It’s been a while since I’ve written anything but it’s not as long as I had originally thought.
Last night I encountered one of my least favorite things in ministry – someone asking for money. The story I was told was vague and had to do with a pregnant wife and the hospital and no money for gas. I really wasn’t sure if they were on their way to the hospital or coming home or what. I never have any cash on me and gave the guy the only dollar I had. My guess is that he left cursing me because my dogs had probably made him soil himself and it wasn’t worth the effort.
Whenever I am asked for money, the story is almost always the same. It’s vague and usually it is money for gas. There’s usually some kind of urgent emergency tied with it, the hospital in most cases. Have I believed any story that I’ve been told? No. And that’s the first problem. I have to believe that any person who would have approached Jesus with a lie would have left empty handed. They might have received a valuable lesson from Jesus, but not what they wanted. I do not have the benefit on knowing with 100% accuracy that a person is lying nor am I bold enough to flat out tell the person that I don’t believe their story. I once had the opportunity to try to verify a person’s story by asking for more details and wasn’t surprised to not get a return call. If your wife’s uncle is really in the hospital in NC, I don’t think it’s too much to ask for his name and the name of the hospital so I can call and verify that he’s really there.
This brings me to problem number 2. If the people are lying, what are they using the money on? I’m not going to assume that everyone who asks for money is going to use it on drugs, but let’s say that they need money simply because they were careless with it. On one hand, I’m not responsible for what a person does with the money. If they use it wrongly that’s not my decision. On the other hand, if I give money when I have a strong feeling that it will be misused, this could be wrong on my part because I am enabling a lifestyle where that money will be poorly spent. Even if it’s not on drugs or alcohol, by bailing out someone who has mismanaged their money I allow them and even encourage to misbehave again. I’ve proven that someone will always bail them out from their poor decisions rather than help teach that all decisions have consequences.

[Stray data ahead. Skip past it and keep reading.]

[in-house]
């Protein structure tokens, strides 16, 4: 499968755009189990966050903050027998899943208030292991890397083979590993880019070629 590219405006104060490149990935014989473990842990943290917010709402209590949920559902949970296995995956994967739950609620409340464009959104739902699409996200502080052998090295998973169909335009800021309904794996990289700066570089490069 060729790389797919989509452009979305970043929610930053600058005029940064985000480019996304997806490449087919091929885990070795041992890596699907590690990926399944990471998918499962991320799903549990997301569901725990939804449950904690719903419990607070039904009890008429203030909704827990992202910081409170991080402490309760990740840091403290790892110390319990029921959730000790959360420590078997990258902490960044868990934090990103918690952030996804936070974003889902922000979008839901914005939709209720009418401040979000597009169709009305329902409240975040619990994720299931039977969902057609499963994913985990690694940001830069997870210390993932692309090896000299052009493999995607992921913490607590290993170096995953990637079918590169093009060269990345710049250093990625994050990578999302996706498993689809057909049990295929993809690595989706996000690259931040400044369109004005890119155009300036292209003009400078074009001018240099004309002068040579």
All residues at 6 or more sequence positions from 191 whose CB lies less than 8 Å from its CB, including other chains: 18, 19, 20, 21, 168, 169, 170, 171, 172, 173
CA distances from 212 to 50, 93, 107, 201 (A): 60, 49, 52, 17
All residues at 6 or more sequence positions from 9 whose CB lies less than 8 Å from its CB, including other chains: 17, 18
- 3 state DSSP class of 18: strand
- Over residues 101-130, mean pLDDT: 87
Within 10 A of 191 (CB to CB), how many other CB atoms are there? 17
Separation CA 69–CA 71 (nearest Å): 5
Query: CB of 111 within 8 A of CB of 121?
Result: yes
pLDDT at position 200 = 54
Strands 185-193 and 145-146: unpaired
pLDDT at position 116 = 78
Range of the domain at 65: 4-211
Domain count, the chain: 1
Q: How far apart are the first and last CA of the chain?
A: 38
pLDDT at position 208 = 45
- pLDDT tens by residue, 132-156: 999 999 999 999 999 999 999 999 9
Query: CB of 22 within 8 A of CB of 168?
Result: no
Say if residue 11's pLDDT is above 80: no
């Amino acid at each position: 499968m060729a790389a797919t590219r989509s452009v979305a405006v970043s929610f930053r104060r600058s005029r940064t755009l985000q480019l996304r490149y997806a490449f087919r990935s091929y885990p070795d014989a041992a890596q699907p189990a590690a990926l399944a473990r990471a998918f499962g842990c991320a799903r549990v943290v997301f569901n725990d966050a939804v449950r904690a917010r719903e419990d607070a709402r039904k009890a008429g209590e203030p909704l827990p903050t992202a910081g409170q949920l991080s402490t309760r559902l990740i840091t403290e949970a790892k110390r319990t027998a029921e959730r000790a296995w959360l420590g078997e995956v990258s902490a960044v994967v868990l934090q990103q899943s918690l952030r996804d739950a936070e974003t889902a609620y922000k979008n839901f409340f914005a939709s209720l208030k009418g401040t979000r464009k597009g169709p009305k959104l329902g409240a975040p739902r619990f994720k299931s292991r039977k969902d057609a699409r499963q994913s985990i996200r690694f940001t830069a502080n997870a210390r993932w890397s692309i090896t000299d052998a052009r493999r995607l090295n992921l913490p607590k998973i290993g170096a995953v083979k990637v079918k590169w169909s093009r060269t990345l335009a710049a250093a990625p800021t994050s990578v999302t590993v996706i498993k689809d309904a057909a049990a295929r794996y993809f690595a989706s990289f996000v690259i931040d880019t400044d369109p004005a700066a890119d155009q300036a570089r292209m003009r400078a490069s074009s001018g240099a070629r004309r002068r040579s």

And of course there is a matter of finances. Like last night, I have limited finances and the church has limited finances. I strongly believe that it is part of my duty to wisely use what God has blessed me with. Enabling someone to continue to make poor life choices doesn’t seem like a good use of my finite resources.
I know that more compassionate people will counter that there are legitimate problems in the world and I understand that and believe it. It’s a thousand times worse when children are involved and live in poverty because of the poor decisions of a parent. It would be an easy decision to make if I knew that the problem was legitimate and that it would go to directly help the one in need but I have to believe this is rarely the case.
I will bend over backwards to help someone with a legitimate need. Particularly if there is someone connected with the church, I will do everything within my power to help a person. I am not compassionless or enjoy seeing people suffer for poor decisions. But I want to know that my money is actually going toward a need.
If Jesus were in my shoes and had limited knowledge and finances to help, I don’t know what He would do. I’d like to believe that He could handle these issues better than I but I don’t really know how to handle them any better than I already am. And I hope that’s good enough.